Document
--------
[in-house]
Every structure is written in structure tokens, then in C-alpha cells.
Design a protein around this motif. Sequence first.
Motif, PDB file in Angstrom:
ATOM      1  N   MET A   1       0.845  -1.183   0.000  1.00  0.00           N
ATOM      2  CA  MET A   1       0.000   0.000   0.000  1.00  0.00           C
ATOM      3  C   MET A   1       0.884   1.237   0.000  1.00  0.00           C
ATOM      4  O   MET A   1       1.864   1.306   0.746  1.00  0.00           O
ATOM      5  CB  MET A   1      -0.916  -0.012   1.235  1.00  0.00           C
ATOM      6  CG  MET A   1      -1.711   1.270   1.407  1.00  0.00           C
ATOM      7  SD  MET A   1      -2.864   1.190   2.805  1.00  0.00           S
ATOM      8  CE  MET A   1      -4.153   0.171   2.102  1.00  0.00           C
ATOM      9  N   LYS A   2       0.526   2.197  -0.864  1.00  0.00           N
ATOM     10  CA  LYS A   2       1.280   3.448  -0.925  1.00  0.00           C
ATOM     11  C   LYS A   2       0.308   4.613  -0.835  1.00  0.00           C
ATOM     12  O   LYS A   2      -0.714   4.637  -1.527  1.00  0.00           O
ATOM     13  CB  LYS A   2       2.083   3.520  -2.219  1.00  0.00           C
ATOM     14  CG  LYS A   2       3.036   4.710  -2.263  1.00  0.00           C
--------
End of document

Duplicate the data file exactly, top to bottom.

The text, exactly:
[in-house]
Every structure is written in structure tokens, then in C-alpha cells.
Design a protein around this motif. Sequence first.
Motif, PDB file in Angstrom:
ATOM      1  N   MET A   1       0.845  -1.183   0.000  1.00  0.00           N
ATOM      2  CA  MET A   1       0.000   0.000   0.000  1.00  0.00           C
ATOM      3  C   MET A   1       0.884   1.237   0.000  1.00  0.00           C
ATOM      4  O   MET A   1       1.864   1.306   0.746  1.00  0.00           O
ATOM      5  CB  MET A   1      -0.916  -0.012   1.235  1.00  0.00           C
ATOM      6  CG  MET A   1      -1.711   1.270   1.407  1.00  0.00           C
ATOM      7  SD  MET A   1      -2.864   1.190   2.805  1.00  0.00           S
ATOM      8  CE  MET A   1      -4.153   0.171   2.102  1.00  0.00           C
ATOM      9  N   LYS A   2       0.526   2.197  -0.864  1.00  0.00           N
ATOM     10  CA  LYS A   2       1.280   3.448  -0.925  1.00  0.00           C
ATOM     11  C   LYS A   2       0.308   4.613  -0.835  1.00  0.00           C
ATOM     12  O   LYS A   2      -0.714   4.637  -1.527  1.00  0.00           O
ATOM     13  CB  LYS A   2       2.083   3.520  -2.219  1.00  0.00           C
ATOM     14  CG  LYS A   2       3.036   4.710  -2.263  1.00  0.00           C